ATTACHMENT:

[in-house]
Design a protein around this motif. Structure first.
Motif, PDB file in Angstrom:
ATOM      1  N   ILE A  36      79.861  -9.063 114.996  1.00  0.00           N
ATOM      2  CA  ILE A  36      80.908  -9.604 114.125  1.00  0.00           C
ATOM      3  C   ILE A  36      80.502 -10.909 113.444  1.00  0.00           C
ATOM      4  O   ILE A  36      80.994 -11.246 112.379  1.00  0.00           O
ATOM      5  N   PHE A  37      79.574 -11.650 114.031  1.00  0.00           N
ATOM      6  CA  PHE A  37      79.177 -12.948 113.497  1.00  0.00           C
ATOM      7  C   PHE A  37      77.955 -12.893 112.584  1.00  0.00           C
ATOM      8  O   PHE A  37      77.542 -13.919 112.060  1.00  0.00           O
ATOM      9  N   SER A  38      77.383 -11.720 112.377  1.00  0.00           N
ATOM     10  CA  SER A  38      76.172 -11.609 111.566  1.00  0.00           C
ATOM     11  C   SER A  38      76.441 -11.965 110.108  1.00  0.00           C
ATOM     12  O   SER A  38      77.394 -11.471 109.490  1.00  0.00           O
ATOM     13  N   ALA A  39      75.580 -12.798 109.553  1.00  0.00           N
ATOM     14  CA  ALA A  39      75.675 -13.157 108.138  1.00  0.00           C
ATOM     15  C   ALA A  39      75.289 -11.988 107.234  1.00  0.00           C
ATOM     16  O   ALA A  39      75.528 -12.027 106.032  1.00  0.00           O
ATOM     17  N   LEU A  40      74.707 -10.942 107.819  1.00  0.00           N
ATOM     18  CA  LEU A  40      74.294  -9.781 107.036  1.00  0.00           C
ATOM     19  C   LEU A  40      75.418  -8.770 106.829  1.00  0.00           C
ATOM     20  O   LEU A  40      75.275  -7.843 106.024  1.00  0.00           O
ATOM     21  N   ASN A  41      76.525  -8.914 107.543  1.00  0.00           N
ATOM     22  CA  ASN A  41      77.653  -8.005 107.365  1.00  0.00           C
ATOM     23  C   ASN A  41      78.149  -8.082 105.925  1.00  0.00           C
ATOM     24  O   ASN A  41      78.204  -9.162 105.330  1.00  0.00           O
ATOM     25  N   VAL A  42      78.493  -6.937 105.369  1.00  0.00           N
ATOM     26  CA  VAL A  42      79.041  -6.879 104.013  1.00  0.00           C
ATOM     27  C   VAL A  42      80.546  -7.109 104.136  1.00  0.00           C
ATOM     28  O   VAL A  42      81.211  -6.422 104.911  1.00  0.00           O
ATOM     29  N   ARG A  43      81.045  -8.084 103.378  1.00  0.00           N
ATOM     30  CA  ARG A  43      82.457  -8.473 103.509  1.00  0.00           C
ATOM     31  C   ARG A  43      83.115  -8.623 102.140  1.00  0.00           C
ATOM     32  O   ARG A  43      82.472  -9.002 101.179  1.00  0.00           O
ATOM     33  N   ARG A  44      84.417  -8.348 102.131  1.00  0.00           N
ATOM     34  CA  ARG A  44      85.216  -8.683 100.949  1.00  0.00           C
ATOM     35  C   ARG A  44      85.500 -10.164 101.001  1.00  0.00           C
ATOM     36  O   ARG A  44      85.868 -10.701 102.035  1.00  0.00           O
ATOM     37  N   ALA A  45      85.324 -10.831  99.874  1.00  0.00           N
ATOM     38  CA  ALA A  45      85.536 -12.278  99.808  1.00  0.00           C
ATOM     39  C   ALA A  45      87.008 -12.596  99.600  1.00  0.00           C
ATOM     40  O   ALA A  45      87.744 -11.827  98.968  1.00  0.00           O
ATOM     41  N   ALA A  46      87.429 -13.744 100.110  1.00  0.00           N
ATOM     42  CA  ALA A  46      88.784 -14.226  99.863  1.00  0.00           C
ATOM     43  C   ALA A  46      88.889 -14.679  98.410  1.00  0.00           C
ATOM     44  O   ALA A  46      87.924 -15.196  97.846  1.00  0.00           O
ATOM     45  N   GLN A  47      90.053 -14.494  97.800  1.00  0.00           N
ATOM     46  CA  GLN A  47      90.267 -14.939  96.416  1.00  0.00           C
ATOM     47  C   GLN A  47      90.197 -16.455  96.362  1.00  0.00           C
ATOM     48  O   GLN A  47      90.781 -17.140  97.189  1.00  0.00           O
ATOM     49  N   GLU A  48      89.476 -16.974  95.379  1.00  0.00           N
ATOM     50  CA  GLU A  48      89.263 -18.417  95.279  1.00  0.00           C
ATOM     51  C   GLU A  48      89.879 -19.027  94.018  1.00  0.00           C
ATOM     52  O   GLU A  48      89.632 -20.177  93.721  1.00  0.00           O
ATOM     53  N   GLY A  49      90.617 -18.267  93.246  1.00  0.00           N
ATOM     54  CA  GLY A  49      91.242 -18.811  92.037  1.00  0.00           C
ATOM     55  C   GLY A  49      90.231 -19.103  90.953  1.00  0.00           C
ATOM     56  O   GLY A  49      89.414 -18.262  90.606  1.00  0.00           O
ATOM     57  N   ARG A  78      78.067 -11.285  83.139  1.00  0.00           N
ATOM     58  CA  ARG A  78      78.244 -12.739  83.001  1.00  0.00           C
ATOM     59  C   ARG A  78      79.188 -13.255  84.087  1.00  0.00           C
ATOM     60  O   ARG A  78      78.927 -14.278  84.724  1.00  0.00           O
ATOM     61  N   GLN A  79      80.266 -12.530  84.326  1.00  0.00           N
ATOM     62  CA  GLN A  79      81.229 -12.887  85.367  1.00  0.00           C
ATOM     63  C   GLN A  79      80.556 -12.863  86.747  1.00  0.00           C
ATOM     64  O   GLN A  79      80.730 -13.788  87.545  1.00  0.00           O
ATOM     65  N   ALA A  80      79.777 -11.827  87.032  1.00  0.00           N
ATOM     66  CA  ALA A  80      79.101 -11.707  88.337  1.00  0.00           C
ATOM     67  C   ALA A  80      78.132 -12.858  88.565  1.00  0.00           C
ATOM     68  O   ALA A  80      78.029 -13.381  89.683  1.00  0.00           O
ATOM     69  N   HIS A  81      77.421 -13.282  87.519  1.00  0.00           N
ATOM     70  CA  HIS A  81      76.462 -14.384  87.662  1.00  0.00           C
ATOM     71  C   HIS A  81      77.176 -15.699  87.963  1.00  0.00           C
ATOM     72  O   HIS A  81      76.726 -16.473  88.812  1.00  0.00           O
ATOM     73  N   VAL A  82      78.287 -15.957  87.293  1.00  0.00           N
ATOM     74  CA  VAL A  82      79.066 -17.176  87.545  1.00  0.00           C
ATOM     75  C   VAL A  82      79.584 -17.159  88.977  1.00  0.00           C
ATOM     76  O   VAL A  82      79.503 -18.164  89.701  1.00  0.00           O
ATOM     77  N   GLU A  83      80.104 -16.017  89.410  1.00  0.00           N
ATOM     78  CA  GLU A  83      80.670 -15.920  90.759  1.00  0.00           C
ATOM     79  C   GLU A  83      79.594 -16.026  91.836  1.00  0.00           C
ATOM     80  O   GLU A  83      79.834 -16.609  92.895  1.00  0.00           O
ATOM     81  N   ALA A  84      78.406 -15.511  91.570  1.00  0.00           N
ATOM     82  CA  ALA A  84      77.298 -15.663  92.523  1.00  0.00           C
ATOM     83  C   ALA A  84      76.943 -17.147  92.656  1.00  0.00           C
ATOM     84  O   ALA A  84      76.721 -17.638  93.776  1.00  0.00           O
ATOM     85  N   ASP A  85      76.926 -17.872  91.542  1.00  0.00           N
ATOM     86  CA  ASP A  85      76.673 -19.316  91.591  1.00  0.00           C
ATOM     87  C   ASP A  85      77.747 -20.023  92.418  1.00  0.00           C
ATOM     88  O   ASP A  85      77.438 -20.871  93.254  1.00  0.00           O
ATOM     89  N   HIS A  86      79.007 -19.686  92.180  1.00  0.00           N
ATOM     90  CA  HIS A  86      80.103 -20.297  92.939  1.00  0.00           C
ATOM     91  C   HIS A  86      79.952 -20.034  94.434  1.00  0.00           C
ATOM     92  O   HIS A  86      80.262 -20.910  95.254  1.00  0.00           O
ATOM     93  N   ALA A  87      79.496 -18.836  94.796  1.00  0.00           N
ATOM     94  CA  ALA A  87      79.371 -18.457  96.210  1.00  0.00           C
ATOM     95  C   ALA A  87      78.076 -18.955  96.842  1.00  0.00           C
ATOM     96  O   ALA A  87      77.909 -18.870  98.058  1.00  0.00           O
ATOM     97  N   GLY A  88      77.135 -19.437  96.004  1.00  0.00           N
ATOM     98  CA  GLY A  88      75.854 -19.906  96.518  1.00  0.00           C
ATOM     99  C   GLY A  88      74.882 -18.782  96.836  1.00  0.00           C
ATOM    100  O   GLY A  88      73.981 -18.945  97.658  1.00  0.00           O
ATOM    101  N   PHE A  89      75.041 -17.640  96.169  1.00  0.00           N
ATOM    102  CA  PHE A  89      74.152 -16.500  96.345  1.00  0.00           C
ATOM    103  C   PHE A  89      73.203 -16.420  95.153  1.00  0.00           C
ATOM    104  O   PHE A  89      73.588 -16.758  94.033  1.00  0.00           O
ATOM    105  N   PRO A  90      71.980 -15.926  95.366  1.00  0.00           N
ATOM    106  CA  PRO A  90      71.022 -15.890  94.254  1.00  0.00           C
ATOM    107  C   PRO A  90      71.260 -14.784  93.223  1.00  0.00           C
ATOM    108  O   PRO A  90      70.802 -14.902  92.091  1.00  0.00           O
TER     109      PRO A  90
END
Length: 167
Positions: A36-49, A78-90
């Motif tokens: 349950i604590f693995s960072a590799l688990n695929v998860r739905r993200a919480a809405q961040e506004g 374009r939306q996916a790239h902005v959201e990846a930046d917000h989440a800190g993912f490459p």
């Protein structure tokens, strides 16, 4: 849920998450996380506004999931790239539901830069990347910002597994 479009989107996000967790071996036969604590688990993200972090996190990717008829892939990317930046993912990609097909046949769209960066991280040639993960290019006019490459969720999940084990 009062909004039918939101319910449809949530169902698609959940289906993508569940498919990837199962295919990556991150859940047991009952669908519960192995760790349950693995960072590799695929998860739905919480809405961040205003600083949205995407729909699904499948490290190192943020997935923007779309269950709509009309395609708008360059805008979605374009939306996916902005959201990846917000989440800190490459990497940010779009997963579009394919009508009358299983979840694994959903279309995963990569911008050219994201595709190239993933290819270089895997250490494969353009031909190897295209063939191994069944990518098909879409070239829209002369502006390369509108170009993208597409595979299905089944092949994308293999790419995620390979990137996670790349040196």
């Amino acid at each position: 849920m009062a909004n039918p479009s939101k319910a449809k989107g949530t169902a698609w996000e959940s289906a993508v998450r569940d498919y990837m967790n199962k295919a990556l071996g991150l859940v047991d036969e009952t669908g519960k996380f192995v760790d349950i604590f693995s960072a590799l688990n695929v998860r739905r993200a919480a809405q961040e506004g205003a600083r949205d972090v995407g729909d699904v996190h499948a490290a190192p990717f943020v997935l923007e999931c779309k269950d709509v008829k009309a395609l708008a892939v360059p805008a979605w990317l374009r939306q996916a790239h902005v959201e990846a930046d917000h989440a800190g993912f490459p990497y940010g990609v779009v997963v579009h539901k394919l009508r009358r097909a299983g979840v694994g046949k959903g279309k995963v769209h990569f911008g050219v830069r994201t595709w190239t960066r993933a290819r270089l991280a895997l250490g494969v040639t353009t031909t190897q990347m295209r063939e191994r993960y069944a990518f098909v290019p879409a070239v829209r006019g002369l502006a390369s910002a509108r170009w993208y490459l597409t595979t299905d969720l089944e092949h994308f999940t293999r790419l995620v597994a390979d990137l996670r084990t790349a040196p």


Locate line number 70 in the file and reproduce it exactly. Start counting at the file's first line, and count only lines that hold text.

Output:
ATOM     67  C   ALA A  80      78.132 -12.858  88.565  1.00  0.00           C